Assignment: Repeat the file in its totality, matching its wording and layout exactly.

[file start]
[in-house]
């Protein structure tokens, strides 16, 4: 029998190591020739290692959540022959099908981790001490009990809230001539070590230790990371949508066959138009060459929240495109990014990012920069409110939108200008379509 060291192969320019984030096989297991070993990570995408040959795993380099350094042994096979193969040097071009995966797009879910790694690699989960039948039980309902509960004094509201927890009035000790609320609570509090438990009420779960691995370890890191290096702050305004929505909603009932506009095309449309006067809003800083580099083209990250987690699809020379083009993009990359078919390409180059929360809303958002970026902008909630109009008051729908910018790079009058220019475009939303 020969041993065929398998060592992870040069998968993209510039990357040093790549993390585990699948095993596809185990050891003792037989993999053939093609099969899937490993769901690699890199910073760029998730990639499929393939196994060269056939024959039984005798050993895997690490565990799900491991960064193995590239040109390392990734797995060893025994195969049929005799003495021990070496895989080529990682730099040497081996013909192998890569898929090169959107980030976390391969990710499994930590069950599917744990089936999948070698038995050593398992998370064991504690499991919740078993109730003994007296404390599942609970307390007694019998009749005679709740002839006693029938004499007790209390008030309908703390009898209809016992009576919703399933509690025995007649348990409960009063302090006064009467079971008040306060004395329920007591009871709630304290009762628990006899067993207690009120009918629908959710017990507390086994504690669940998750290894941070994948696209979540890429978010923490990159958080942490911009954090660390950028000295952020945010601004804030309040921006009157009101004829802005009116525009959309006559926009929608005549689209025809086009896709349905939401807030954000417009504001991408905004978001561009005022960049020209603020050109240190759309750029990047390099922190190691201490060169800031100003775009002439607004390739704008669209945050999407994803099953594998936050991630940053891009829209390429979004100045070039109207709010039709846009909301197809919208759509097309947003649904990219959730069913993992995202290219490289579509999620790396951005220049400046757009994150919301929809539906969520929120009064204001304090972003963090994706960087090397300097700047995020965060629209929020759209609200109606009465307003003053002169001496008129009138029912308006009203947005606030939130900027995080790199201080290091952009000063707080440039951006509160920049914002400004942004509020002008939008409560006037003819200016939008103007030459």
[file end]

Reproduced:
[in-house]
């Protein structure tokens, strides 16, 4: 029998190591020739290692959540022959099908981790001490009990809230001539070590230790990371949508066959138009060459929240495109990014990012920069409110939108200008379509 060291192969320019984030096989297991070993990570995408040959795993380099350094042994096979193969040097071009995966797009879910790694690699989960039948039980309902509960004094509201927890009035000790609320609570509090438990009420779960691995370890890191290096702050305004929505909603009932506009095309449309006067809003800083580099083209990250987690699809020379083009993009990359078919390409180059929360809303958002970026902008909630109009008051729908910018790079009058220019475009939303 020969041993065929398998060592992870040069998968993209510039990357040093790549993390585990699948095993596809185990050891003792037989993999053939093609099969899937490993769901690699890199910073760029998730990639499929393939196994060269056939024959039984005798050993895997690490565990799900491991960064193995590239040109390392990734797995060893025994195969049929005799003495021990070496895989080529990682730099040497081996013909192998890569898929090169959107980030976390391969990710499994930590069950599917744990089936999948070698038995050593398992998370064991504690499991919740078993109730003994007296404390599942609970307390007694019998009749005679709740002839006693029938004499007790209390008030309908703390009898209809016992009576919703399933509690025995007649348990409960009063302090006064009467079971008040306060004395329920007591009871709630304290009762628990006899067993207690009120009918629908959710017990507390086994504690669940998750290894941070994948696209979540890429978010923490990159958080942490911009954090660390950028000295952020945010601004804030309040921006009157009101004829802005009116525009959309006559926009929608005549689209025809086009896709349905939401807030954000417009504001991408905004978001561009005022960049020209603020050109240190759309750029990047390099922190190691201490060169800031100003775009002439607004390739704008669209945050999407994803099953594998936050991630940053891009829209390429979004100045070039109207709010039709846009909301197809919208759509097309947003649904990219959730069913993992995202290219490289579509999620790396951005220049400046757009994150919301929809539906969520929120009064204001304090972003963090994706960087090397300097700047995020965060629209929020759209609200109606009465307003003053002169001496008129009138029912308006009203947005606030939130900027995080790199201080290091952009000063707080440039951006509160920049914002400004942004509020002008939008409560006037003819200016939008103007030459």